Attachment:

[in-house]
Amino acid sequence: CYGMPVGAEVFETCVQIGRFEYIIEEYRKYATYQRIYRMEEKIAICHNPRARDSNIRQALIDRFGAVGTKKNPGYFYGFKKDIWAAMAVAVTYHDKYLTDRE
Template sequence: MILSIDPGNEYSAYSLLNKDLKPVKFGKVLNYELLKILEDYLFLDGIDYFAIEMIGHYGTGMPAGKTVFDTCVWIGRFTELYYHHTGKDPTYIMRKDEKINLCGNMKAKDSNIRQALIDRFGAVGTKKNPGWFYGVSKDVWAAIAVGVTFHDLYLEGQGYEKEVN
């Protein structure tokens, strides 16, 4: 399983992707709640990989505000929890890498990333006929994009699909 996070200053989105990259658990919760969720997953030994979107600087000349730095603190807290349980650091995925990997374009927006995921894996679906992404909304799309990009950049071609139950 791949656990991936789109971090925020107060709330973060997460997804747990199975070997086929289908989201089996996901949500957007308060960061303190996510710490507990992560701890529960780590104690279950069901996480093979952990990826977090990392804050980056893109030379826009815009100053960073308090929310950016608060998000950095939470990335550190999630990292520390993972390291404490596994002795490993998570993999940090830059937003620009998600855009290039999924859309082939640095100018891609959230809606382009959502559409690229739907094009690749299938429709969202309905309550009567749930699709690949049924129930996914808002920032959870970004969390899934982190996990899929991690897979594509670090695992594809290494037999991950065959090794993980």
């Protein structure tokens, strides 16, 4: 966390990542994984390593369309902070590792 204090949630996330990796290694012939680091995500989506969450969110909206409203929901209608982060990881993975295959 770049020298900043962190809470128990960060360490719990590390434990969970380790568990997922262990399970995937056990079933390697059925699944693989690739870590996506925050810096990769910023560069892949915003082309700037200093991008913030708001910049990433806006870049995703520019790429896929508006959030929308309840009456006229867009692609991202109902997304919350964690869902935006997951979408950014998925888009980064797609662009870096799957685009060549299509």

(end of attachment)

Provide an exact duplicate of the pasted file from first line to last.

[in-house]
Amino acid sequence: CYGMPVGAEVFETCVQIGRFEYIIEEYRKYATYQRIYRMEEKIAICHNPRARDSNIRQALIDRFGAVGTKKNPGYFYGFKKDIWAAMAVAVTYHDKYLTDRE
Template sequence: MILSIDPGNEYSAYSLLNKDLKPVKFGKVLNYELLKILEDYLFLDGIDYFAIEMIGHYGTGMPAGKTVFDTCVWIGRFTELYYHHTGKDPTYIMRKDEKINLCGNMKAKDSNIRQALIDRFGAVGTKKNPGWFYGVSKDVWAAIAVGVTFHDLYLEGQGYEKEVN
């Protein structure tokens, strides 16, 4: 399983992707709640990989505000929890890498990333006929994009699909 996070200053989105990259658990919760969720997953030994979107600087000349730095603190807290349980650091995925990997374009927006995921894996679906992404909304799309990009950049071609139950 791949656990991936789109971090925020107060709330973060997460997804747990199975070997086929289908989201089996996901949500957007308060960061303190996510710490507990992560701890529960780590104690279950069901996480093979952990990826977090990392804050980056893109030379826009815009100053960073308090929310950016608060998000950095939470990335550190999630990292520390993972390291404490596994002795490993998570993999940090830059937003620009998600855009290039999924859309082939640095100018891609959230809606382009959502559409690229739907094009690749299938429709969202309905309550009567749930699709690949049924129930996914808002920032959870970004969390899934982190996990899929991690897979594509670090695992594809290494037999991950065959090794993980």
């Protein structure tokens, strides 16, 4: 966390990542994984390593369309902070590792 204090949630996330990796290694012939680091995500989506969450969110909206409203929901209608982060990881993975295959 770049020298900043962190809470128990960060360490719990590390434990969970380790568990997922262990399970995937056990079933390697059925699944693989690739870590996506925050810096990769910023560069892949915003082309700037200093991008913030708001910049990433806006870049995703520019790429896929508006959030929308309840009456006229867009692609991202109902997304919350964690869902935006997951979408950014998925888009980064797609662009870096799957685009060549299509």